The Last of the Lunatics
John Cawte looks back in amazement to his years as a young doctor in an Australian madhouse. He now recognises the people he treated in the early 1950s as 'the last of the lunatics'.
Anti-psychotic and anti-depressant drugs were unknown. Bursting asylums, housing an uproar of insanity, were wastelands of stigma and dread. 'Management' techniques ranged from straitjackets and padded cells to isolation and primitive shock treatments.
Miraculously, Cawte's case notes were saved from destruction. Rereading them after forty years, he was gripped by the horror they revealed and the questions they raised. Much has changed for the better. Many of the fearful illnesses he recorded have disappeared, treatments are vastly more effective and stigma has lessened. But his notes hold a surprising and challenging lesson--that temporary 'asylum' from the stresses of life is often all that a disturbed person needs for recovery.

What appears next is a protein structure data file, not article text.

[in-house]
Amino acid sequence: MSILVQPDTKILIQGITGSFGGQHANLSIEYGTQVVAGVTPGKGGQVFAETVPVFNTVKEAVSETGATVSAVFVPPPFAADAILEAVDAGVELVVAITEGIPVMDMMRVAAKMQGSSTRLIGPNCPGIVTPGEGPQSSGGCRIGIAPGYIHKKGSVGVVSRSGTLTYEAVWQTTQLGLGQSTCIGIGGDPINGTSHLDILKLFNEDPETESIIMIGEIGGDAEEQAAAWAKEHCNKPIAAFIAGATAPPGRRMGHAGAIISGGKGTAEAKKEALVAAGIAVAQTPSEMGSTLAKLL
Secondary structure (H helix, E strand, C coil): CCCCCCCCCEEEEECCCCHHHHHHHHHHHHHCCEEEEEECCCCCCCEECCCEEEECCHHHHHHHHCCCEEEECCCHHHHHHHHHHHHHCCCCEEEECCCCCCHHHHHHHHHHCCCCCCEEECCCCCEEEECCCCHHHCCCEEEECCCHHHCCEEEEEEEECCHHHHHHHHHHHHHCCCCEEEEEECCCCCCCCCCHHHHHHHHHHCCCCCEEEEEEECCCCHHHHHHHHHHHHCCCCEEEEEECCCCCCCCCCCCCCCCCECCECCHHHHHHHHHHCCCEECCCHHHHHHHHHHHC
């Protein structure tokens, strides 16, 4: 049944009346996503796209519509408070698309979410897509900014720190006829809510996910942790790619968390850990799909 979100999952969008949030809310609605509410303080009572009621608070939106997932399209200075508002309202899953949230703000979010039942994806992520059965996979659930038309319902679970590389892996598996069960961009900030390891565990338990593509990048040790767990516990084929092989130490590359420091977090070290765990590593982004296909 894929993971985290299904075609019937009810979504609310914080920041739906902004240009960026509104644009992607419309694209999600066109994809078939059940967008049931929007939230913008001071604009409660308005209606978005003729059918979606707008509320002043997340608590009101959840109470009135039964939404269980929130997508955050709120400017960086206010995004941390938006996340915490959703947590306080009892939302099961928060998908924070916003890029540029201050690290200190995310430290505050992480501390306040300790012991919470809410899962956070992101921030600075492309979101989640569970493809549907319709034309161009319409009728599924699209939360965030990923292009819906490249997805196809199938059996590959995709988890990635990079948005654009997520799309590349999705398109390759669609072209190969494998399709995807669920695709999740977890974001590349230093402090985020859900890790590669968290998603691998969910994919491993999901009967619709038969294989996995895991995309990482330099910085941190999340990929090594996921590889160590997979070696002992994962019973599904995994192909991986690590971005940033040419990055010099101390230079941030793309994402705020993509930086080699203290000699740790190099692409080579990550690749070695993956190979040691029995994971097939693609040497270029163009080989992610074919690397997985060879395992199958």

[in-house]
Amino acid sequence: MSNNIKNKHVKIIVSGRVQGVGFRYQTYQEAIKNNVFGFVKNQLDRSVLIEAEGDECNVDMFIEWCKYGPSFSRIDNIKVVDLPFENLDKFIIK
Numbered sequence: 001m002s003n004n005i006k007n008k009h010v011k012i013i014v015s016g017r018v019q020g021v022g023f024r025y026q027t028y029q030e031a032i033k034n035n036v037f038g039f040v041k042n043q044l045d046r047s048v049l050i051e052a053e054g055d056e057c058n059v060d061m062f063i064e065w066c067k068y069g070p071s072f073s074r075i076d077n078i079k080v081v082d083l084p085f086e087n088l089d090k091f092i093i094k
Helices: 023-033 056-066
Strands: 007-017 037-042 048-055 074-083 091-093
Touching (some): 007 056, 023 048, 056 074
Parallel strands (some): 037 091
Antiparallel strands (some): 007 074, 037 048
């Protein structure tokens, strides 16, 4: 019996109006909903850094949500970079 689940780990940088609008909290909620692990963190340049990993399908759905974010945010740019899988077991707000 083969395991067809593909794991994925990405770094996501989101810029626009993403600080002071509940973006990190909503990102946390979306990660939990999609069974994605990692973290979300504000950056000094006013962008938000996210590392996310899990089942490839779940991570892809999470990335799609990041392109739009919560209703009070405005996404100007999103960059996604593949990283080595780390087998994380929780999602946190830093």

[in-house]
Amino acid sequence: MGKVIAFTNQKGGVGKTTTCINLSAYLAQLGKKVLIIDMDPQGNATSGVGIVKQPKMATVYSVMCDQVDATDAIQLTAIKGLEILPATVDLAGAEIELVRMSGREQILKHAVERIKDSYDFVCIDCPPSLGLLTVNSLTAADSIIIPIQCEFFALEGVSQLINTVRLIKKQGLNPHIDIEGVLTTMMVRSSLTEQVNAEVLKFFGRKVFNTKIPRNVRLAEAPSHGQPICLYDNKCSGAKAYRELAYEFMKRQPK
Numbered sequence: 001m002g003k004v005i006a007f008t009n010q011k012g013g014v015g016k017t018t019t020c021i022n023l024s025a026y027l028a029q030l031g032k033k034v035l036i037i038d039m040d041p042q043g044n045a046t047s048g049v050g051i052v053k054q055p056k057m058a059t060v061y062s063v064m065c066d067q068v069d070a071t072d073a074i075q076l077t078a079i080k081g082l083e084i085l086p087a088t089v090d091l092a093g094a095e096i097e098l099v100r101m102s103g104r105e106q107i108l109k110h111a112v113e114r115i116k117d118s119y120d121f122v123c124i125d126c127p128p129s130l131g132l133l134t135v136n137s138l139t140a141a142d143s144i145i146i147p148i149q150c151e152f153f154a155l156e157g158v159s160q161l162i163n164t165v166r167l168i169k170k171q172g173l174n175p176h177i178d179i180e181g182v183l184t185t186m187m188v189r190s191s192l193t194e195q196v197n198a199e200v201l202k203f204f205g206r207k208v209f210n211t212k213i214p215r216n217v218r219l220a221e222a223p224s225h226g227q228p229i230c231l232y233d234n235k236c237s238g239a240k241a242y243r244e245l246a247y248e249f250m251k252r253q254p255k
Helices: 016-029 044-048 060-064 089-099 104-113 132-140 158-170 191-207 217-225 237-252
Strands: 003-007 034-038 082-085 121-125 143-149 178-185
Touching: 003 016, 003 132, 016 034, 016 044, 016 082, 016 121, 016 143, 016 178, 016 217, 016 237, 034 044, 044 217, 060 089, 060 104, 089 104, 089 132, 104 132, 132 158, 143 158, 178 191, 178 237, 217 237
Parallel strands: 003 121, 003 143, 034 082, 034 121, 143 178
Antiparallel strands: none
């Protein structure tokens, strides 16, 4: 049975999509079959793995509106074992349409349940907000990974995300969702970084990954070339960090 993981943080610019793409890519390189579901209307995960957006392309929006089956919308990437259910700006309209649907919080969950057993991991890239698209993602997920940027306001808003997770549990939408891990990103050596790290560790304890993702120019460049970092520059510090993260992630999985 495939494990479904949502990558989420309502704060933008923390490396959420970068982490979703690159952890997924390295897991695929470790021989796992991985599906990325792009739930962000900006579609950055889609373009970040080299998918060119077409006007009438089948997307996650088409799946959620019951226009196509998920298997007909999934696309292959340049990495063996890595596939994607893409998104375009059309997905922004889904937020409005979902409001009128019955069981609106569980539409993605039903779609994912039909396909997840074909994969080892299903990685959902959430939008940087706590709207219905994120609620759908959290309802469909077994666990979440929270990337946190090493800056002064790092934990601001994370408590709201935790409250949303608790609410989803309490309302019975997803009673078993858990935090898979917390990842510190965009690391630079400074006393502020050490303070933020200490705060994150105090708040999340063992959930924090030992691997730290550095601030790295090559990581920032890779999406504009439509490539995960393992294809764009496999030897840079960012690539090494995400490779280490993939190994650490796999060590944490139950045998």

The Last of the Lunatics is rich and moving. The personal stories recorded by a perceptive young man have been filtered by experience and sharpened by telling literary references. Doctors, psychiatrists, those who remember and those